...and Indy 5 is something more to celebrate.
  • BennyBenny In the shadowsAdministrator, Moderator
    Posts: 14,908
    I was hoping that this film would be better than KOTCS, for my money it was.
    Ford was fantastic, it's hard to believe the guy is 80!
    A very fitting send off to one of the most beloved characters in the movies.
    I honestly don't know what all the naysayers were watching. It's not a perfect film, but certainly doesn't warrant all negativity. A little over long, but still a whole heap of fun. Just what you want from an Indy adventure.
  • Creasy47Creasy47 In Cuba with Natalya.Moderator
    Posts: 40,601
    Benny wrote: »
    I was hoping that this film would be better than KOTCS, for my money it was.
    Ford was fantastic, it's hard to believe the guy is 80!
    A very fitting send off to one of the most beloved characters in the movies.
    I honestly don't know what all the naysayers were watching. It's not a perfect film, but certainly doesn't warrant all negativity. A little over long, but still a whole heap of fun. Just what you want from an Indy adventure.

    I expected nothing less and yet was still blown away by how fantastic Ford was here. It's an emotional performance and you can see on screen just how much it meant to him to get to return for one last ride as Indy.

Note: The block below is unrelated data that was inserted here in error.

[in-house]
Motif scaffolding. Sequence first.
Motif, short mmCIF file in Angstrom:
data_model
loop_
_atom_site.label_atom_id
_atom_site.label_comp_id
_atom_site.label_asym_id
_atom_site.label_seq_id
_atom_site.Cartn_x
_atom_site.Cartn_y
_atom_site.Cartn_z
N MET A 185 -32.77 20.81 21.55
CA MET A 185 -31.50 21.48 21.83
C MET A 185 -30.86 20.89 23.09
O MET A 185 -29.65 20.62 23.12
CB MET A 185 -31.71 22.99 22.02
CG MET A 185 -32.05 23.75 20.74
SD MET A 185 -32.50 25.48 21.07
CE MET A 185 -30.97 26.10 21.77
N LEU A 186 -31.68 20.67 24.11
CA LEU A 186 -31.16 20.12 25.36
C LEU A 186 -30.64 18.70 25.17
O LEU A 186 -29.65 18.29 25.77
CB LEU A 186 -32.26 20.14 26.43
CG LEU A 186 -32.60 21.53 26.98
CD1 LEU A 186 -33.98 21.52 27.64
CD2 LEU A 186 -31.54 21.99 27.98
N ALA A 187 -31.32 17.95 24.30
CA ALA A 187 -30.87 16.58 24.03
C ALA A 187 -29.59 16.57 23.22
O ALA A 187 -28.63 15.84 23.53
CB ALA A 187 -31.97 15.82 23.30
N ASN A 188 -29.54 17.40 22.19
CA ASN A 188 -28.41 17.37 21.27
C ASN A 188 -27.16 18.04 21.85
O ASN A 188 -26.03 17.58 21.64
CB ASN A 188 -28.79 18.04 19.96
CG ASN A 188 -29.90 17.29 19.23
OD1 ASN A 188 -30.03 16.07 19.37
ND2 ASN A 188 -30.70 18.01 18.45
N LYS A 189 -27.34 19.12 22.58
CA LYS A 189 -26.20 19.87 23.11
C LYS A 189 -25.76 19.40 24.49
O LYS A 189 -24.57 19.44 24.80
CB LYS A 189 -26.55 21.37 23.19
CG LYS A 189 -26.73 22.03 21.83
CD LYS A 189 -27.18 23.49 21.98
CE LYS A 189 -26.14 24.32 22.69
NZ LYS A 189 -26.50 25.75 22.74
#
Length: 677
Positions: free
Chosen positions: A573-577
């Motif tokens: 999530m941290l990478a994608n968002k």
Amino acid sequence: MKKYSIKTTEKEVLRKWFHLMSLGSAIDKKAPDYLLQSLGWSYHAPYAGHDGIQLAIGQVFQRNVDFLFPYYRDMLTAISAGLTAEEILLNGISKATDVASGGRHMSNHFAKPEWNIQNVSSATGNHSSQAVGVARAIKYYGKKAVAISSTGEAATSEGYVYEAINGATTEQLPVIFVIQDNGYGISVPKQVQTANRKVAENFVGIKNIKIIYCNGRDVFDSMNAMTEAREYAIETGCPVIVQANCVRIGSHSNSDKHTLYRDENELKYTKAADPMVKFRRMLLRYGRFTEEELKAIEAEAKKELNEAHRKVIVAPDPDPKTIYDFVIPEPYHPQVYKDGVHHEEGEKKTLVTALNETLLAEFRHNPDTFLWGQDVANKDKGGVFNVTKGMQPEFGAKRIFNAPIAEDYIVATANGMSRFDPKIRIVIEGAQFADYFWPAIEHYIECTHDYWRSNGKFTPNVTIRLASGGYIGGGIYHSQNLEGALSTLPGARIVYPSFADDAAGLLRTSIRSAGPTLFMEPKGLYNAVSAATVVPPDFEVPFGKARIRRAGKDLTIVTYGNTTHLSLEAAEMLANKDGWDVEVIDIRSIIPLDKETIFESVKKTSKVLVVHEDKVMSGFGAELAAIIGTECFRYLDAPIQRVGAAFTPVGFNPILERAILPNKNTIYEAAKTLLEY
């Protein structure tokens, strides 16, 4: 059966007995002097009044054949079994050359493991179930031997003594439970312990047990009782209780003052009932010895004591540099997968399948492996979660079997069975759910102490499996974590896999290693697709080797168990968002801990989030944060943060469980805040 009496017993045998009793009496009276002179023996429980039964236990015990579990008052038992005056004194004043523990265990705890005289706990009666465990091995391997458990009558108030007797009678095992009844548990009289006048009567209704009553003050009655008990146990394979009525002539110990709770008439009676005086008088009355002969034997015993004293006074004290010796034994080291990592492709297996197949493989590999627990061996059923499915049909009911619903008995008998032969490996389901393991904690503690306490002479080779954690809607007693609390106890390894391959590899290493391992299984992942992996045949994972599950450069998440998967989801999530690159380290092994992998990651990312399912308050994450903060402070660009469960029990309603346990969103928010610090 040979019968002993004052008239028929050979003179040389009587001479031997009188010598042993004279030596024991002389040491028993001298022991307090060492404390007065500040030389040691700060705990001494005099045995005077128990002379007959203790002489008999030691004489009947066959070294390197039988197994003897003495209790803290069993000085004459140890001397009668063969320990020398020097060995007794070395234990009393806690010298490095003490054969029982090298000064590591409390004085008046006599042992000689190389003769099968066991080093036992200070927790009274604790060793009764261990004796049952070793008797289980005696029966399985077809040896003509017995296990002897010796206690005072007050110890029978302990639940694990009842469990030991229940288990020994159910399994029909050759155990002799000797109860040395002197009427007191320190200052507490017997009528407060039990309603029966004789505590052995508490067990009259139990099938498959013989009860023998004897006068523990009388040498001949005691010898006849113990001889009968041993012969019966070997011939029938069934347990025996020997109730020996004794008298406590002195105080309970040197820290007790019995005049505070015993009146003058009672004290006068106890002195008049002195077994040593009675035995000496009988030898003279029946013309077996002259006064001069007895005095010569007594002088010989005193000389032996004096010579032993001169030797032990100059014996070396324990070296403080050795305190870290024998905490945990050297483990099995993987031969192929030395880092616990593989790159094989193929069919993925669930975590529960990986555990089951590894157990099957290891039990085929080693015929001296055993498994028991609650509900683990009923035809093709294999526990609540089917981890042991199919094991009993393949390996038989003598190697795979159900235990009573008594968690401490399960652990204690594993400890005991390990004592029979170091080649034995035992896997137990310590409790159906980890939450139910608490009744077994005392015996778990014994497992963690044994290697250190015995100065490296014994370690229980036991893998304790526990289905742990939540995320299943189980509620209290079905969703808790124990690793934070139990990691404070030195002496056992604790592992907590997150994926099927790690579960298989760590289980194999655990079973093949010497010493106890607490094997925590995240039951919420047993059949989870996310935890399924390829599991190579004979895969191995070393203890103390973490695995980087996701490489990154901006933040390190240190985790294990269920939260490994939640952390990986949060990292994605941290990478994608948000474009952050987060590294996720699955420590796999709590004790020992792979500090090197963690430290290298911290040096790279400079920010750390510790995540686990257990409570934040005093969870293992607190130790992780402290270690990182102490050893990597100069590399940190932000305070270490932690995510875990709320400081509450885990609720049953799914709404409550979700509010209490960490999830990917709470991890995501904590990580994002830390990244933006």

• BennyBenny In the shadowsAdministrator, Moderator
    Posts: 14,908
    Creasy47 wrote: »
    Benny wrote: »
    I was hoping that this film would be better than KOTCS, for my money it was.
    Ford was fantastic, it's hard to believe the guy is 80!
    A very fitting send off to one of the most beloved characters in the movies.
    I honestly don't know what all the naysayers were watching. It's not a perfect film, but certainly doesn't warrant all negativity. A little over long, but still a whole heap of fun. Just what you want from an Indy adventure.

    I expected nothing less and yet was still blown away by how fantastic Ford was here. It's an emotional performance and you can see on screen just how much it meant to him to get to return for one last ride as Indy.

    That was something I really noticed, how much Ford injected so much emotion into the character. Obviously he knows the character inside out, but it's nice too see him give one of his most famous roles a send off he so deserves after the very hit and miss previous entry.
    Something my son and I noticed when we came out of the cinema, was how it almost completely acknowledged KOTCS, though there were a few nods here and there to the other films.
  • j_w_pepperj_w_pepper Born on the bayou. I can still hear my old hound dog barkin'.
    Posts: 8,745